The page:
Toyota Motor has said it would stick with nickel as the preferred battery material following three years of secret tests on Prius hybrids equipped with lithium ion packs.

The company told Bloomberg News it had just finished road tests of 126 Priuses in the US Japan and Europe begun in 2006. Further details were not released.

Automakers including Toyota are introducing models powered completely or in part by lithium-ion batteries, which can hold twice the energy of nickel packs. But Toyota said while lithium batteries performed well in its tests and yielded "small" gains in fuel economy due to lighter weight, nickel would remain the material of choice for conventional, mass market hybrids as lithium's benefits didn't justify the higher cost.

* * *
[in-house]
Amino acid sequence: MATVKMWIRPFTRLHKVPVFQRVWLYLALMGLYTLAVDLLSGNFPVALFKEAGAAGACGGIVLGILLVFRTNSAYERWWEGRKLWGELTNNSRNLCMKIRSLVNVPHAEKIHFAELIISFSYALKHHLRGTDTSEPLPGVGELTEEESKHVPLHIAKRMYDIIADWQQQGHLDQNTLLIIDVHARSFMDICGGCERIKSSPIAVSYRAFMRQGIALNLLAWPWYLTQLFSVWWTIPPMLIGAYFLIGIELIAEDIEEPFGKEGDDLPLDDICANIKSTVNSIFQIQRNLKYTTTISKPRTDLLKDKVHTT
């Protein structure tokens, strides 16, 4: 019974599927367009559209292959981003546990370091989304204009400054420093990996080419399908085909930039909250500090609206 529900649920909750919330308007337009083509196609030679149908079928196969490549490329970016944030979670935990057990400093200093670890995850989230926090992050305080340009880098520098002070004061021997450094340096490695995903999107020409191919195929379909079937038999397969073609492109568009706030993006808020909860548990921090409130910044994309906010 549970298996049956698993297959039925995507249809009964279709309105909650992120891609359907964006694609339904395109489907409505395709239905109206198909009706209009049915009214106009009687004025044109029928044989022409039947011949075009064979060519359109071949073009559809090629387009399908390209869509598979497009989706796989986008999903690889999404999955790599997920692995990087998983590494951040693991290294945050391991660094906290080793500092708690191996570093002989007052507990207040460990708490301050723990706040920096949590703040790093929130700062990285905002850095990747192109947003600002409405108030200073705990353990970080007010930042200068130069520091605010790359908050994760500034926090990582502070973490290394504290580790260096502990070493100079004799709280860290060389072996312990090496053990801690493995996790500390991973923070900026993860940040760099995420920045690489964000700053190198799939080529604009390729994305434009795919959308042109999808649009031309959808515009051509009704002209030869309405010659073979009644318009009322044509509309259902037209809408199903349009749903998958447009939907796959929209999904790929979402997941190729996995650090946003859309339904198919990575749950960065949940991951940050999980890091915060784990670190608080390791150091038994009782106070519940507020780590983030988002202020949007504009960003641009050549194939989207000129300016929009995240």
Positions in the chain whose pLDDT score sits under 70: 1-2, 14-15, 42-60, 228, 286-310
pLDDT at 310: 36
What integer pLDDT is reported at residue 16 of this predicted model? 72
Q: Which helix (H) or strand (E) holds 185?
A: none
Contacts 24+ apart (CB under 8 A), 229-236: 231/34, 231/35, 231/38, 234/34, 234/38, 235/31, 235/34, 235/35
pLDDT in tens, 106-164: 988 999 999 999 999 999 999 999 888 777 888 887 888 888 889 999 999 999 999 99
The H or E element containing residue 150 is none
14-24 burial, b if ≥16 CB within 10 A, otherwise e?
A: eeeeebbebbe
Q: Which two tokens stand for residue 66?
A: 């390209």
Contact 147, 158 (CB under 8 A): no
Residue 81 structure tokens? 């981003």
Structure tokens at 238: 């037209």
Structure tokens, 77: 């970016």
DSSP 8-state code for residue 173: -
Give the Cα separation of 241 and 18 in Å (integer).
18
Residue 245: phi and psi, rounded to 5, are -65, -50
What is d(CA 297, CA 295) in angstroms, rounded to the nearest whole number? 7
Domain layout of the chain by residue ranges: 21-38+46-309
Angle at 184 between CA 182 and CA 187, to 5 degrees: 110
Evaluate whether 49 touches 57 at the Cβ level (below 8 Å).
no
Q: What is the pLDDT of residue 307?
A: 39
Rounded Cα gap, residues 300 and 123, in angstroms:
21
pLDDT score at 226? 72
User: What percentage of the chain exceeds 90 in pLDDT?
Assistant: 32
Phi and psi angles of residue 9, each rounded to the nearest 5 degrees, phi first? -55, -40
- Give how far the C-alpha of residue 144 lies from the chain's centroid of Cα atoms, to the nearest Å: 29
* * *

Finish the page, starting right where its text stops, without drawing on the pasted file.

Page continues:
Bloomberg noted that the tests appear to be among the most thorough done by companies planning to introduce the batteries.

Menahem Anderman, president of consulting firm Advanced Automotive Batteries in California, told the news agency: ""We now know that a lithium-ion battery can work; that's not really the question. Cost is critical, and we still don't know enough about long-term durability."

Toyota has sold more than 2m hybrid cars and light trucks worldwide since introducing the Prius in 1997, almost all using nickel metal. This year the company plans to deliver test fleets in the US, Japan and Europe consisting of plug-in Priuses that can run 12 miles (19km) solely on lithium ion battery power after charging at an electrical outlet. The car is being shown this week at the Frankfurt motor show.

The company also plans to sell a small electric car for urban commuters, powered solely by lithium packs, by 2012.